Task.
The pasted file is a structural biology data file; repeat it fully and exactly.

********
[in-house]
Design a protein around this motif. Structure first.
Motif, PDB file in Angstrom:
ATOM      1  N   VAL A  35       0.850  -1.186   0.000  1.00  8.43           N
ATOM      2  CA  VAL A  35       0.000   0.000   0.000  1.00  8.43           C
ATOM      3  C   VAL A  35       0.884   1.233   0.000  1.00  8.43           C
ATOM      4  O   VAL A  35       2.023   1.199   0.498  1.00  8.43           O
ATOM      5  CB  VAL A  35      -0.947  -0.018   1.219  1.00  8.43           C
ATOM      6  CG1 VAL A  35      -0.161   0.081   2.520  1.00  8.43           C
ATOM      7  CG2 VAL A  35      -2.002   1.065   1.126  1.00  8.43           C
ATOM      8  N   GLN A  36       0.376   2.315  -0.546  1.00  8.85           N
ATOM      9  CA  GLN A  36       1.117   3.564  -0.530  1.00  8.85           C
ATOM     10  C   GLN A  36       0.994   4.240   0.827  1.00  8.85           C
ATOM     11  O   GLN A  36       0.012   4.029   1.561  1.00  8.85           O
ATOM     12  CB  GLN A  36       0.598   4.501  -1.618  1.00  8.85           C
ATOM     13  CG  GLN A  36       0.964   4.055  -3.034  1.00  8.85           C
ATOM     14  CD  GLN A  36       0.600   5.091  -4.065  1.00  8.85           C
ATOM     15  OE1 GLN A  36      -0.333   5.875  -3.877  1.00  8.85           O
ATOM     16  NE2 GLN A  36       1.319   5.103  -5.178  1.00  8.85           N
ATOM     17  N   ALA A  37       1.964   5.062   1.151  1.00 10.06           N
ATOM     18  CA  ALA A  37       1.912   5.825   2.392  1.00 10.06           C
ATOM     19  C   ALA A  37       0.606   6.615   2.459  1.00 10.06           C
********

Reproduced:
[in-house]
Design a protein around this motif. Structure first.
Motif, PDB file in Angstrom:
ATOM      1  N   VAL A  35       0.850  -1.186   0.000  1.00  8.43           N
ATOM      2  CA  VAL A  35       0.000   0.000   0.000  1.00  8.43           C
ATOM      3  C   VAL A  35       0.884   1.233   0.000  1.00  8.43           C
ATOM      4  O   VAL A  35       2.023   1.199   0.498  1.00  8.43           O
ATOM      5  CB  VAL A  35      -0.947  -0.018   1.219  1.00  8.43           C
ATOM      6  CG1 VAL A  35      -0.161   0.081   2.520  1.00  8.43           C
ATOM      7  CG2 VAL A  35      -2.002   1.065   1.126  1.00  8.43           C
ATOM      8  N   GLN A  36       0.376   2.315  -0.546  1.00  8.85           N
ATOM      9  CA  GLN A  36       1.117   3.564  -0.530  1.00  8.85           C
ATOM     10  C   GLN A  36       0.994   4.240   0.827  1.00  8.85           C
ATOM     11  O   GLN A  36       0.012   4.029   1.561  1.00  8.85           O
ATOM     12  CB  GLN A  36       0.598   4.501  -1.618  1.00  8.85           C
ATOM     13  CG  GLN A  36       0.964   4.055  -3.034  1.00  8.85           C
ATOM     14  CD  GLN A  36       0.600   5.091  -4.065  1.00  8.85           C
ATOM     15  OE1 GLN A  36      -0.333   5.875  -3.877  1.00  8.85           O
ATOM     16  NE2 GLN A  36       1.319   5.103  -5.178  1.00  8.85           N
ATOM     17  N   ALA A  37       1.964   5.062   1.151  1.00 10.06           N
ATOM     18  CA  ALA A  37       1.912   5.825   2.392  1.00 10.06           C
ATOM     19  C   ALA A  37       0.606   6.615   2.459  1.00 10.06           C